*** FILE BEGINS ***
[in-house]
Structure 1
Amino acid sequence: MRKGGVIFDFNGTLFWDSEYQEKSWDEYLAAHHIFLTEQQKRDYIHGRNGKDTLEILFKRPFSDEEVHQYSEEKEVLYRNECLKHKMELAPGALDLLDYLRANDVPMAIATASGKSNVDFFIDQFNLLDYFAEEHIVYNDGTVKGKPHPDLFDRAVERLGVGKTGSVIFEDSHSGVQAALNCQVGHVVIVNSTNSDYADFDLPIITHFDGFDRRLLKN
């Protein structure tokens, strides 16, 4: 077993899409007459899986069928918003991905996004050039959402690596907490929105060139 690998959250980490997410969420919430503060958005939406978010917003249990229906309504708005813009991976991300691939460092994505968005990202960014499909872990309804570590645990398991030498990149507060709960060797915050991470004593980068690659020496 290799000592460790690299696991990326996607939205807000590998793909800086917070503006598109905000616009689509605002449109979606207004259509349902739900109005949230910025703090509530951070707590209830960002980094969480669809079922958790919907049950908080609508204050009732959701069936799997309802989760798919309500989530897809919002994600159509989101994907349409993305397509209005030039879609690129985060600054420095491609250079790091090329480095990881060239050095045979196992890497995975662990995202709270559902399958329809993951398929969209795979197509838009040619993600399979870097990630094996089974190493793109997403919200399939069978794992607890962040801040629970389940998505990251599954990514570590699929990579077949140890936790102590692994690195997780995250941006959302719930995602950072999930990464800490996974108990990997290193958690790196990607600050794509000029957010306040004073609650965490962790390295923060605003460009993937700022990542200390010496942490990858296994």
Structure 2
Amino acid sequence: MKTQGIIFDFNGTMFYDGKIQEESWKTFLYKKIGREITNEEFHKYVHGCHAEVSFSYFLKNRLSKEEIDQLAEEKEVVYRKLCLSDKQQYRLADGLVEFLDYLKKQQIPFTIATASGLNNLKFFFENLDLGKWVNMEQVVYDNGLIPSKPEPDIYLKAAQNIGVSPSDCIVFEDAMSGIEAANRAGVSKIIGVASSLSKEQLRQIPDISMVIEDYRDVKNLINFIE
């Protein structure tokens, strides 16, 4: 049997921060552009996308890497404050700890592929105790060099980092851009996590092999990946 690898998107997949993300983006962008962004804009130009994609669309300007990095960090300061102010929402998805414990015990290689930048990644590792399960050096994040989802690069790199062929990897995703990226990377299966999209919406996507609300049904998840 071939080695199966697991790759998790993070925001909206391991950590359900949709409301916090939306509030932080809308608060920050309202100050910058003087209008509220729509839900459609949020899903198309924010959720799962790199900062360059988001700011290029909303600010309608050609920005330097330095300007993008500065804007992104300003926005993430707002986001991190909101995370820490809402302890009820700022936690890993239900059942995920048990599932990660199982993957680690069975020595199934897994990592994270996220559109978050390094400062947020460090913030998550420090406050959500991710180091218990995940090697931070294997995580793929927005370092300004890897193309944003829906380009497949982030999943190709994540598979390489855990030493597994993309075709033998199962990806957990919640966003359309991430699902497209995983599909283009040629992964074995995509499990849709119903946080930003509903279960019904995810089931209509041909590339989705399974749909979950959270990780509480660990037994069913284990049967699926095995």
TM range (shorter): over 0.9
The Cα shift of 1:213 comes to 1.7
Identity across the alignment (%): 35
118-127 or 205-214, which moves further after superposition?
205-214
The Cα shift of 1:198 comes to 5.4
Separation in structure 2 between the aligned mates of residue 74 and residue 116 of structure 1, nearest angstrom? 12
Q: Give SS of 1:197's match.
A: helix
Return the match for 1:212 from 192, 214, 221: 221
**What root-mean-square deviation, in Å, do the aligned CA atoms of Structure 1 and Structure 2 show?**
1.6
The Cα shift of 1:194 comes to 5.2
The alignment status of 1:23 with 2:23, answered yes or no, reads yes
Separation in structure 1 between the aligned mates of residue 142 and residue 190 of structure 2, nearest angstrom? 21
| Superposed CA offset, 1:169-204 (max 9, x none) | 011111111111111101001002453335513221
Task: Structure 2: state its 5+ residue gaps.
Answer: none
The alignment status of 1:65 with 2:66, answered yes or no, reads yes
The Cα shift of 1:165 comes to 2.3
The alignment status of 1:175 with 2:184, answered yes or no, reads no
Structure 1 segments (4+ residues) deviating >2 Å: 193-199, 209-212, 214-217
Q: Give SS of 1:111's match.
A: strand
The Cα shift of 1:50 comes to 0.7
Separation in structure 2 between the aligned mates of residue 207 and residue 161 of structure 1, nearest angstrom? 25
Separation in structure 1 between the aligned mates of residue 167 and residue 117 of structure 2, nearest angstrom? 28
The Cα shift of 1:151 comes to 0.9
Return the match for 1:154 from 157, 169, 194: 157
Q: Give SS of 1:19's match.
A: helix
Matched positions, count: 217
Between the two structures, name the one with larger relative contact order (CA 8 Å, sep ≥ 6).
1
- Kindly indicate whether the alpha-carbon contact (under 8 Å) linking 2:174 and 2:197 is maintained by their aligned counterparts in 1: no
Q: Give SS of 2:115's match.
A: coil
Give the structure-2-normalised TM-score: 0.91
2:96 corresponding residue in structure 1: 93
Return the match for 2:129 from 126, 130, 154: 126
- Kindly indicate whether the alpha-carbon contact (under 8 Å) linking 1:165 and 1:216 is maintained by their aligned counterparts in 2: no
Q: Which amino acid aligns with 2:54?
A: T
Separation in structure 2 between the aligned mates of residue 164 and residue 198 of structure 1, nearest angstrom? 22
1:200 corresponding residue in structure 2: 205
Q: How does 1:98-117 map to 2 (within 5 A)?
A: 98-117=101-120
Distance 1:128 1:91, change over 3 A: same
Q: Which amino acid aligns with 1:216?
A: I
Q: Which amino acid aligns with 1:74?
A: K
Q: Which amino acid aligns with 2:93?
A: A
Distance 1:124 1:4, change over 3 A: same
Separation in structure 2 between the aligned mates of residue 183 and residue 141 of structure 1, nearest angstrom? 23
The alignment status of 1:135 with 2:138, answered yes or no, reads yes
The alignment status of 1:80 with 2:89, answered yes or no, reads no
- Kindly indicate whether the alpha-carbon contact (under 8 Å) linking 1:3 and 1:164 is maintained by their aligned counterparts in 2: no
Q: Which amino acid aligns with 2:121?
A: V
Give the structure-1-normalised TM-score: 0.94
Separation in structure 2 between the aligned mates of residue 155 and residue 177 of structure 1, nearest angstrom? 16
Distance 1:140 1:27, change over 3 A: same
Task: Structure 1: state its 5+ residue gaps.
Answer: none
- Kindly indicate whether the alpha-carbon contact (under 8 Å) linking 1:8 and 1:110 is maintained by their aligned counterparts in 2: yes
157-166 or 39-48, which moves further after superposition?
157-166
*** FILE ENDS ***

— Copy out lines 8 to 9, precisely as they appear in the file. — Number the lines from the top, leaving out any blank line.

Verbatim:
TM range (shorter): over 0.9
The Cα shift of 1:213 comes to 1.7